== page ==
Why is There No Boys Volleyball Team at HHS?

At the beginning of this year, I transferred from a school in California, eager to play volleyball at my new high school. I had assumed that a boys volleyball team was the norm—the sport was very popular in my previous school district—but I was sadly mistaken.

 It’s most likely not news to the majority of people at this school that Hanover High School does not have a boys volleyball team. HHS doesn’t have a team, Lebanon High School doesn’t have a team, Hartford High School doesn’t have a team—it’s clear that boys volleyball in this area is underdeveloped. But why?

According to a sports participation survey by the National Federation of State High School Associations, in the 2021-2022 school year there were 2,682 high schools that had boys volleyball teams across the country. California had the highest concentration of high schools with boys volleyball teams, topping off at a whopping 1,019 schools, over a third of all schools that had one in the 2021-2022 school year. This explains my misconception that a boys volleyball league was normal to have, as the sad reality is that it’s relatively rare. 


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However, there is definitely not a lack of interest in a boys volleyball team. In fact, there are quite a few boys at HHS who are interested in playing. Junior Wyatt Seelig has been trying to start a boys volleyball team for a while. If his efforts were to succeed this year, HHS could implement a boys volleyball team in the spring. But, this would be in an ideal world. There are still many hurdles to consider, such as budget, coaches, scheduling, and the lack of a boys volleyball league in this area. Additionally, because there aren’t many teams in this area, the team would likely function more as a club sport, meaning that it would have to run independently from the school, possibly something like Dartmouth’s current team situation. At Dartmouth, men’s volleyball is a club sport. While they do compete in regional and even  national tournaments with other volleyball clubs, they aren’t a varsity sport. This is partly due to Title IX concerns, assuring equal participation on the basis of sex in sports, which also affects the boys volleyball team situation at HHS.

Of course, there is always a silver lining. If you look beyond our direct adjacents, there are 20 other high schools in New Hampshire that have boys volleyball teams (MaxPreps). They are heavily concentrated in the southeast area of New Hampshire, the closest school being Laconia Christian Academy. This could be a beacon of hope: as interest in a team rises at HHS and as more high schools establish teams, there is a chance that a team could be established at HHS in the near future.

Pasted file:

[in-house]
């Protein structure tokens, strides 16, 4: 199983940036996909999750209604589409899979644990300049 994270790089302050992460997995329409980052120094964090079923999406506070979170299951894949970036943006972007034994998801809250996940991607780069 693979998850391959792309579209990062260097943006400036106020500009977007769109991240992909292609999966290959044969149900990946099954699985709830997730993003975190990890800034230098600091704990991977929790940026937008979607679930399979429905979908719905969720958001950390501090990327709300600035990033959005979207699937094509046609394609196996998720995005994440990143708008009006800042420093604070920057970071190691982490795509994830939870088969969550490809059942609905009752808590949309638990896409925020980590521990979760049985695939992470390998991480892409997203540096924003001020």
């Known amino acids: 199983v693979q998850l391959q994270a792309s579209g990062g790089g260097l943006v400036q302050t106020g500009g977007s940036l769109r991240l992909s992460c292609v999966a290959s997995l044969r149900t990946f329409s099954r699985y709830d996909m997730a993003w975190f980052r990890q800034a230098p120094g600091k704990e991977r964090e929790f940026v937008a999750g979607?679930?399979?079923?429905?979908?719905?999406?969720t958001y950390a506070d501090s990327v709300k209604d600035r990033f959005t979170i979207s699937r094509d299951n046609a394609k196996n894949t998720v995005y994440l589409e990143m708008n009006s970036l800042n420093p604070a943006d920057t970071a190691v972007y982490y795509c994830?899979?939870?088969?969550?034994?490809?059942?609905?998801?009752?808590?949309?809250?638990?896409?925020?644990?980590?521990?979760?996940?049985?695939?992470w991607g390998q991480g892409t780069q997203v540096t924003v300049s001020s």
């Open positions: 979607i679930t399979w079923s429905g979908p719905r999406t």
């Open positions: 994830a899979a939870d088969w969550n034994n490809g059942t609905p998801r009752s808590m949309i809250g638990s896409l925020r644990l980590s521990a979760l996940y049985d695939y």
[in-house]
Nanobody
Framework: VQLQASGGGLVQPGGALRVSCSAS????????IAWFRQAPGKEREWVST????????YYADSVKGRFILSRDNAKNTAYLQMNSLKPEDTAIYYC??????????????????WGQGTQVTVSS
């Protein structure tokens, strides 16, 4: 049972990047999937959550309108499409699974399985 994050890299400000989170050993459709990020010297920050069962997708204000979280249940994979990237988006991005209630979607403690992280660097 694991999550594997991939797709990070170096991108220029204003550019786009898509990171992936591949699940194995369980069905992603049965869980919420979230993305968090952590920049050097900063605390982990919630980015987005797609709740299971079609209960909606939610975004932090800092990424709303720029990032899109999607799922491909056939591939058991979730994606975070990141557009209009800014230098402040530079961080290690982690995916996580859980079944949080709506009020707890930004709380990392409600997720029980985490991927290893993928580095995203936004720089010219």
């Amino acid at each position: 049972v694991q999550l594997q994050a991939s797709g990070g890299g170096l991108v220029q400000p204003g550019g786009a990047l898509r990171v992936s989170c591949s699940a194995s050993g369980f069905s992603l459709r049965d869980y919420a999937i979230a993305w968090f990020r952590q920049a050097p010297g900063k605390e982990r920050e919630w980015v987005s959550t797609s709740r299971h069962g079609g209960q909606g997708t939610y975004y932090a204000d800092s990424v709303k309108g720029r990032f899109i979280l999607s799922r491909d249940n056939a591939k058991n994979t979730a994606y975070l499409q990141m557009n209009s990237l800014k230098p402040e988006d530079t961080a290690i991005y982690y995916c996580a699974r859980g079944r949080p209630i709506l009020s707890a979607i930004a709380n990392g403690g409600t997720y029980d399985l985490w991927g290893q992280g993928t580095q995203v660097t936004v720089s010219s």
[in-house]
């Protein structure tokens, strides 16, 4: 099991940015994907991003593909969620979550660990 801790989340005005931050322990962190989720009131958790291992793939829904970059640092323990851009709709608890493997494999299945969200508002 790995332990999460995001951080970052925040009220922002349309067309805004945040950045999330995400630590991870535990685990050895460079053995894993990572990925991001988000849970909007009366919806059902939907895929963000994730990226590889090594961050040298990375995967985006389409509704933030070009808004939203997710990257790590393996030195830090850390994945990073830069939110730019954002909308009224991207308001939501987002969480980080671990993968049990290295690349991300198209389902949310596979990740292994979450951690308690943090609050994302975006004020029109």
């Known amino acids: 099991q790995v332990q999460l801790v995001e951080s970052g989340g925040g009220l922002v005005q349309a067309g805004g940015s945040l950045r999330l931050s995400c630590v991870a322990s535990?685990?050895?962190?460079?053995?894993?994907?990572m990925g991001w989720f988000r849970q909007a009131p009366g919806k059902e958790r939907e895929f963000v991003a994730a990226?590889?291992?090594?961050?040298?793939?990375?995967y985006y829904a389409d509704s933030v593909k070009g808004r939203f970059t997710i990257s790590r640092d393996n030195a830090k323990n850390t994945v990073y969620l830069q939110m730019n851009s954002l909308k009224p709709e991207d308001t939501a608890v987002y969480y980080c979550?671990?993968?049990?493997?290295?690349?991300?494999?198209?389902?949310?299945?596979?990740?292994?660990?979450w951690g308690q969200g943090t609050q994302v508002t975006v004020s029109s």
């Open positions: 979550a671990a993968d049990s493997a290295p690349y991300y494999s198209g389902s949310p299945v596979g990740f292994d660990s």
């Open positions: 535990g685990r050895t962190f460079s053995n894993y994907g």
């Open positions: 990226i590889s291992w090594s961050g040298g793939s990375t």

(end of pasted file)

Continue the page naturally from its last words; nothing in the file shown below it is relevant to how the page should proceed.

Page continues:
Until then, there is a great resource at this school to let your volleyball energy out: Volleyball Club! I’m a regular attendee of Volleyball Club—meeting every Thursday at lunch in the gym—and it’s a great outlet if you’re dying to touch a volleyball but you can’t join the team, like me. There are around 10-20 people every meeting, with four to five team rotations in a King of the Hill style. One person can typically play in around two to four games, maybe even more if they’re on a roll and don’t get rotated out. The skill range is wide: there are some people who have barely played and others who are on the girls volleyball team. So, if you want to practice and play casually, it’s a great place for you. 

Because of the amount of people present at Volleyball Club, it is clear that there are many people interested in a boys volleyball team. Boys volleyball might not be as popular as soccer or football, but that doesn’t mean that people don’t want to play it. It would be an interesting addition to Hanover High School’s spring sports roster, and if it’s ever added, it would be cool to see where it would go.

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